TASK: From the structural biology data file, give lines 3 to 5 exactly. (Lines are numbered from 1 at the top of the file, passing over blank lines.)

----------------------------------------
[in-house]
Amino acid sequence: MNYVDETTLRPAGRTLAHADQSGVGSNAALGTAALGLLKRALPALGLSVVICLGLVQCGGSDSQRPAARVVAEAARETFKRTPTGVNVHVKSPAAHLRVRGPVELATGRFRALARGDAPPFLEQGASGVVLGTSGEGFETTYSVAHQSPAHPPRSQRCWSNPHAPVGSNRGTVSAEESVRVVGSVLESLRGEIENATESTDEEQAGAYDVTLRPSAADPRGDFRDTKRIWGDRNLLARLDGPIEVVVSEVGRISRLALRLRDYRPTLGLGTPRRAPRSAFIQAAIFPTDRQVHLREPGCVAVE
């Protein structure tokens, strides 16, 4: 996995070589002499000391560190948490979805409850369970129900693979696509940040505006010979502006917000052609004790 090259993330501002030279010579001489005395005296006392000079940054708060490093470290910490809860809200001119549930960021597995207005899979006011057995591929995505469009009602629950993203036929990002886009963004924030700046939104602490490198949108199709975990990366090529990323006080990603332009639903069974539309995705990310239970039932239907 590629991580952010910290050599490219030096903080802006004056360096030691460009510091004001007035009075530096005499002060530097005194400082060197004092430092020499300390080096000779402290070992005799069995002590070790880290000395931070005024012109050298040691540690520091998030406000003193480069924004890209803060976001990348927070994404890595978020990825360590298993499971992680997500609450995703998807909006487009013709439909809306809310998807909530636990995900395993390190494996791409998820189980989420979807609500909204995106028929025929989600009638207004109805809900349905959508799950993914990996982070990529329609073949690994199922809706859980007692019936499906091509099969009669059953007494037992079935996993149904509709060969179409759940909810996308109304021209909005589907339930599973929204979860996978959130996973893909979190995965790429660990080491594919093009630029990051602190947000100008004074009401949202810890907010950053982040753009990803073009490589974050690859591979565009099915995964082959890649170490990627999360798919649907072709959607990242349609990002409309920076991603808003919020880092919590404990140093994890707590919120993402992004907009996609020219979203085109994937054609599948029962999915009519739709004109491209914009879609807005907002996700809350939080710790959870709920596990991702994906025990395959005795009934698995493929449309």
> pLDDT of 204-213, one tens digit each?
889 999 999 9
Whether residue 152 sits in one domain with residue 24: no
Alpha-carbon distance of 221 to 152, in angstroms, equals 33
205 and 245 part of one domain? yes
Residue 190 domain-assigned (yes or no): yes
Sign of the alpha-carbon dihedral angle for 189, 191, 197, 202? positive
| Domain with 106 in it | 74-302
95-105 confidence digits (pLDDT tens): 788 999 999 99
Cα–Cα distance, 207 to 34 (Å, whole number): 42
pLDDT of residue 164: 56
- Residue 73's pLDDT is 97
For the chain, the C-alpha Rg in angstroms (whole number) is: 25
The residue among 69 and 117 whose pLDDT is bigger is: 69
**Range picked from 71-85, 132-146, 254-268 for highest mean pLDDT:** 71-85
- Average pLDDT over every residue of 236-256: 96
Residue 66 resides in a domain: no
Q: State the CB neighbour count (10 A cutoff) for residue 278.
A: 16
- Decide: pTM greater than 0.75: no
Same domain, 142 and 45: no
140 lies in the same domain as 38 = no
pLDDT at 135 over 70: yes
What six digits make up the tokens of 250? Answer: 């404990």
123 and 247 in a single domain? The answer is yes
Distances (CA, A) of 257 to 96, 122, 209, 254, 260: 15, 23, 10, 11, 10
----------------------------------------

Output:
């Protein structure tokens, strides 16, 4: 996995070589002499000391560190948490979805409850369970129900693979696509940040505006010979502006917000052609004790 090259993330501002030279010579001489005395005296006392000079940054708060490093470290910490809860809200001119549930960021597995207005899979006011057995591929995505469009009602629950993203036929990002886009963004924030700046939104602490490198949108199709975990990366090529990323006080990603332009639903069974539309995705990310239970039932239907 590629991580952010910290050599490219030096903080802006004056360096030691460009510091004001007035009075530096005499002060530097005194400082060197004092430092020499300390080096000779402290070992005799069995002590070790880290000395931070005024012109050298040691540690520091998030406000003193480069924004890209803060976001990348927070994404890595978020990825360590298993499971992680997500609450995703998807909006487009013709439909809306809310998807909530636990995900395993390190494996791409998820189980989420979807609500909204995106028929025929989600009638207004109805809900349905959508799950993914990996982070990529329609073949690994199922809706859980007692019936499906091509099969009669059953007494037992079935996993149904509709060969179409759940909810996308109304021209909005589907339930599973929204979860996978959130996973893909979190995965790429660990080491594919093009630029990051602190947000100008004074009401949202810890907010950053982040753009990803073009490589974050690859591979565009099915995964082959890649170490990627999360798919649907072709959607990242349609990002409309920076991603808003919020880092919590404990140093994890707590919120993402992004907009996609020219979203085109994937054609599948029962999915009519739709004109491209914009879609807005907002996700809350939080710790959870709920596990991702994906025990395959005795009934698995493929449309």
> pLDDT of 204-213, one tens digit each?
889 999 999 9